A PROVIDENCE NIGHT
The city suffers from the bipolar neuron,
as just when emptiness fills the sky
atop the office towers, stars ignite –
all Providence glows
from constellations, real and manufactured,
threads of headlights, flashing wares
of steak houses, floor to sky hotels –
I am a low-key astronomer.
Commuters amble toward parking lots,
clubbers take their place,
neon wages its war of independence with the galaxy,
wants all of the city for its own.
So here’s the people, already in their dance,
some lined up in the bulb spray
of the Performing Arts Center’s marquee,
others decoding side street graffiti.
A woman on Washington
sways her braided crown,
stamps her legs like fetlocks
in anger at her fancy man.
She heads one way, he another.
I stop and then move on.
The bars, the clubs await the flies, the lizards,
and maybe, just maybe, an angel or two.
The air becomes bifocal,
one view, the spectra of night
the other, brilliant gold
to make the dark seem safer.
The city opens and shuts,
streets stretch wide then narrow.,
the inferno is bright when its not deep black,
the gutter shuns and beckons.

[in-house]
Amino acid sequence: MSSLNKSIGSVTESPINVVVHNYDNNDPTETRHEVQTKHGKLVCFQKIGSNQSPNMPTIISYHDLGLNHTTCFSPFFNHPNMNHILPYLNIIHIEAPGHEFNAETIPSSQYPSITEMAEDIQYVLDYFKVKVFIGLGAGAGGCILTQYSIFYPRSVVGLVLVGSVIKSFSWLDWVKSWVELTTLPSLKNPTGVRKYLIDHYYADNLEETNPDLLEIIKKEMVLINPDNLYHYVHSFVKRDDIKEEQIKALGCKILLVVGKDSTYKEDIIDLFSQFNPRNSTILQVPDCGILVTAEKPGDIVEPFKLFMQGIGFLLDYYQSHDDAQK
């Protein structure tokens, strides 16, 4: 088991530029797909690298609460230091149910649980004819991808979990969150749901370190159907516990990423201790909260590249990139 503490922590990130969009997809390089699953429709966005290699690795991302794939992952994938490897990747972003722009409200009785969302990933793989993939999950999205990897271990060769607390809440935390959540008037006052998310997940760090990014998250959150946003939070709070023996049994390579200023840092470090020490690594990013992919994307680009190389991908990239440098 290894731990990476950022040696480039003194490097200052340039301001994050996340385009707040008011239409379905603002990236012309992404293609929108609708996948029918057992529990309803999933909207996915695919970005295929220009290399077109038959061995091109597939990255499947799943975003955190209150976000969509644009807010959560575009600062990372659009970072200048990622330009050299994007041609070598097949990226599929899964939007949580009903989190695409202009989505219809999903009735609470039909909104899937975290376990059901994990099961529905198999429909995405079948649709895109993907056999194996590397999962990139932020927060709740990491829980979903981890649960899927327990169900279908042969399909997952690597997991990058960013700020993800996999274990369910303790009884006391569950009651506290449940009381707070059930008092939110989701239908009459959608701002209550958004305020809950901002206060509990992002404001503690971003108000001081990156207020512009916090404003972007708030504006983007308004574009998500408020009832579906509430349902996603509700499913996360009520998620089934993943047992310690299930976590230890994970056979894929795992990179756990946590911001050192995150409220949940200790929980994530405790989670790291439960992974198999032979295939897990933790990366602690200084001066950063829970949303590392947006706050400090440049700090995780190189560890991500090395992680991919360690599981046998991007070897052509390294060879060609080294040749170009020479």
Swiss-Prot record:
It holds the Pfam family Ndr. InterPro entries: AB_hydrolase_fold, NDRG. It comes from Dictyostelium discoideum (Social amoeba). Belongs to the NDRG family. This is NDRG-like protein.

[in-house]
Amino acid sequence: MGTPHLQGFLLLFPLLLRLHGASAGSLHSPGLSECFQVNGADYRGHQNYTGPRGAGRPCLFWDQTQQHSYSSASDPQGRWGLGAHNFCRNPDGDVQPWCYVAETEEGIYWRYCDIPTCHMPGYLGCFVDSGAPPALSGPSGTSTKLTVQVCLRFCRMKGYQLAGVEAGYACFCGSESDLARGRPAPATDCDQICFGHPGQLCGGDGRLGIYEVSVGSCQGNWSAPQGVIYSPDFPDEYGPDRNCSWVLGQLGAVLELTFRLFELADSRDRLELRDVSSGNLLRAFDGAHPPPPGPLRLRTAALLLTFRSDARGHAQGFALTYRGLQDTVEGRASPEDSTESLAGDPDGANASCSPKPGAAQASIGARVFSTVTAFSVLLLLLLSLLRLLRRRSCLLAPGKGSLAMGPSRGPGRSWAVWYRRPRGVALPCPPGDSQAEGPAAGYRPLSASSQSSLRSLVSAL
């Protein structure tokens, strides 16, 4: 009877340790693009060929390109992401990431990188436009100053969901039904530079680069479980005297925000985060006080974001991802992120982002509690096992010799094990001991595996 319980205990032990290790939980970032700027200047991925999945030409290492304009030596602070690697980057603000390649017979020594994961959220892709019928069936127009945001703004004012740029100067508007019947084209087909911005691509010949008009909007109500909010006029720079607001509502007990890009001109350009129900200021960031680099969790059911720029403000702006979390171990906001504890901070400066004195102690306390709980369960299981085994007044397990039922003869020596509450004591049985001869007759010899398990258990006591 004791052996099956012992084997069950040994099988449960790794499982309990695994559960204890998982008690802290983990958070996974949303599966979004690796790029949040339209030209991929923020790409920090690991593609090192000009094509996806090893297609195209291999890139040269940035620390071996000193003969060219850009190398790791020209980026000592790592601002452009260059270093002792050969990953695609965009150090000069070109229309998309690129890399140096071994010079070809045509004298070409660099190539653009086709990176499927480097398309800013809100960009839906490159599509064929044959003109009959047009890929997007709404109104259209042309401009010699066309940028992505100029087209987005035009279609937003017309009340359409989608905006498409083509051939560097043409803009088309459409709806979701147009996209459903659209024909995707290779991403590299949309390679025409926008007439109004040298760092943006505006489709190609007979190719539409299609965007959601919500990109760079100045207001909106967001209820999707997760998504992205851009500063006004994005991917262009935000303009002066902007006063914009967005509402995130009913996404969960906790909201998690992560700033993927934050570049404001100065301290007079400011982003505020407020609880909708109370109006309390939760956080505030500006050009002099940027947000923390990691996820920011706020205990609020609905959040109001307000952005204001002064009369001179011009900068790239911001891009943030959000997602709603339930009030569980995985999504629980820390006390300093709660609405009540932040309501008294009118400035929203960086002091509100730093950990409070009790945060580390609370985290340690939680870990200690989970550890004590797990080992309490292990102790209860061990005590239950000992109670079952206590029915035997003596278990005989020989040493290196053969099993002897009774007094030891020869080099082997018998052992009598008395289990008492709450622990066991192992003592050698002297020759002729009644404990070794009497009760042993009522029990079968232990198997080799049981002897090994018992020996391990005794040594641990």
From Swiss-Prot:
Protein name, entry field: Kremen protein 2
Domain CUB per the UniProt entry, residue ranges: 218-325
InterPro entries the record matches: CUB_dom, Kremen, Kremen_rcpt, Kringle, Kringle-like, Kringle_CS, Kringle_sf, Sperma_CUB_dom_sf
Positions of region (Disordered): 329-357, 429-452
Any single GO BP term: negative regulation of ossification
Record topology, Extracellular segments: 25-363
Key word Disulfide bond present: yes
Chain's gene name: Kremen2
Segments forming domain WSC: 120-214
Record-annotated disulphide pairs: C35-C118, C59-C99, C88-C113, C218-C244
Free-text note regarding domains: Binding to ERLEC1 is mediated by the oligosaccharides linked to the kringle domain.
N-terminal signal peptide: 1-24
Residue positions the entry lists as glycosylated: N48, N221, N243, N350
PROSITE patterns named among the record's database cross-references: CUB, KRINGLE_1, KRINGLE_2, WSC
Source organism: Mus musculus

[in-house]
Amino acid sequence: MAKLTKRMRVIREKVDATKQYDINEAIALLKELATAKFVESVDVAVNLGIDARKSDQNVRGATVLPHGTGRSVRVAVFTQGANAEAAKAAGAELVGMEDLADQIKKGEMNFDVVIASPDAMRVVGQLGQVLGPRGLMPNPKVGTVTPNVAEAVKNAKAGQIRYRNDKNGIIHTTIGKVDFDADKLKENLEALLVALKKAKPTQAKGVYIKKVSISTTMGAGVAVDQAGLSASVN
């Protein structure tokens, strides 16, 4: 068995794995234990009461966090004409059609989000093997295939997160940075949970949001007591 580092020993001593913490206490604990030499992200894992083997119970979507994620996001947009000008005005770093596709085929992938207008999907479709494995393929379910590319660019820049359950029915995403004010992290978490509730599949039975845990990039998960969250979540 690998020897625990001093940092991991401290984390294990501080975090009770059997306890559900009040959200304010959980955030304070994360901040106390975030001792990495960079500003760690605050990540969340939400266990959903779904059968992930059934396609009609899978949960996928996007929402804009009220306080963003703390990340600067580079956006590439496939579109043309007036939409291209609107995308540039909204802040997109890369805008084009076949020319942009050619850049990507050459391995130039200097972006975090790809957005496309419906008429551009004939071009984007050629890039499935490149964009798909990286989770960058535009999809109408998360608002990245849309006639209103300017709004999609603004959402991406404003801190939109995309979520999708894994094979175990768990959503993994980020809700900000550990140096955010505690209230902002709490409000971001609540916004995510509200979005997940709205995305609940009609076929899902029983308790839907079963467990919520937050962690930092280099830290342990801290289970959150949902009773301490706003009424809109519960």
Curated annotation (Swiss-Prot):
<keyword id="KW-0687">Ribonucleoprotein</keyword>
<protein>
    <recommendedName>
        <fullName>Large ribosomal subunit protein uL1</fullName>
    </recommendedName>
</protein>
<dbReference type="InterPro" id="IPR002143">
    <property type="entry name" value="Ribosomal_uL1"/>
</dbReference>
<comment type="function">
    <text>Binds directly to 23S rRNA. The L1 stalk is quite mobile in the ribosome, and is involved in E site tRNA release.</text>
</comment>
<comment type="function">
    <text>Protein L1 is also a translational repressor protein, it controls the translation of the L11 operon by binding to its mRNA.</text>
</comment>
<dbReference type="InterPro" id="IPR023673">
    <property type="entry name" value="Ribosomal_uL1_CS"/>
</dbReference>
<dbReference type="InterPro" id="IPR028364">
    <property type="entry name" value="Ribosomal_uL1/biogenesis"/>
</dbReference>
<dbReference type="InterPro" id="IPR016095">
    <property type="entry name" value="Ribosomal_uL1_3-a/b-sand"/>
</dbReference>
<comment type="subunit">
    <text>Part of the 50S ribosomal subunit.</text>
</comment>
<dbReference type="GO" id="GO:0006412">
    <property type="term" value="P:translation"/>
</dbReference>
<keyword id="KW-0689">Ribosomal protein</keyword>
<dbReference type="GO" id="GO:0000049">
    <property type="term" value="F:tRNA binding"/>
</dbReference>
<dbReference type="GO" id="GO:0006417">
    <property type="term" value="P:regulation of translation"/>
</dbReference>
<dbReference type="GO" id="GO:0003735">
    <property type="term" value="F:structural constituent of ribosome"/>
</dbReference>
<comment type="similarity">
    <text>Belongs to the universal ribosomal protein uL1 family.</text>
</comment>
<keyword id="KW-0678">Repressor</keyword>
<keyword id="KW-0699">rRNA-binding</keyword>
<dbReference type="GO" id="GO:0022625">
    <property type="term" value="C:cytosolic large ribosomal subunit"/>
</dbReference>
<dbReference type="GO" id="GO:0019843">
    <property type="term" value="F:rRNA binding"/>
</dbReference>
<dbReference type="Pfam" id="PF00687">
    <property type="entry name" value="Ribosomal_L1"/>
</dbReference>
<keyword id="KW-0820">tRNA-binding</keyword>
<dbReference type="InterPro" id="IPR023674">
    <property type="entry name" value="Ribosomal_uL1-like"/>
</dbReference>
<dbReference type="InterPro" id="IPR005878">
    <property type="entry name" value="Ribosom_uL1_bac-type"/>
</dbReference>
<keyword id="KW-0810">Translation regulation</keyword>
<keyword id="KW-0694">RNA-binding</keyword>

Stray cats, I can sense them
slip away to deeper alleys,
hide behind trashcans,
figure our kind never leave.
IN TIMES OF VIOLENCE
When the inmates got rowdy
in the shower,
thumped rivals against cement walls,
or dropped them to the floor,
kicked their teeth into
bloody swirls for good measure,
and the guards stood by,
hands pressed against their truncheons
like they were Colt 45’s,
the one who read books silently
in his cell said and did nothing.
But he remembered a page
from Thomas Malory
or was it Tolstoy.
No it was Robert Burns.
“Man’s inhumanity to man
makes countless thousands mourn”
though, in this case, it was just the one.
But then he remembered
what it was he was in for.
A CHEMO TALE
I do not know how to explain chemo properly.
On inhibiting mitosis, I can barely converse.
Besides, the discomfort has a great dislike
of being interrupted. I prefer solitude if you must know.
So my body disintegrates but my tongue does not loosen.
My motto is why say anything
when there is no way of knowing what to say.
Everything is changing from moment to moment anyhow.
The point of sickness is that no one can have an opinion.
Skepticism is wisdom. Positivity is just foreshadowing.
So I am sitting by the window looking out at people parking cars.
How smoothly they fit their vehicles between the lines.
Ah, if only that were medicine.
© John Grey
Bio: John Grey is an Australian poet, US resident. Recently published in the Homestead Review, Poetry East and Columbia Review with work upcoming in Harpur Palate, the Hawaii Review and Visions International.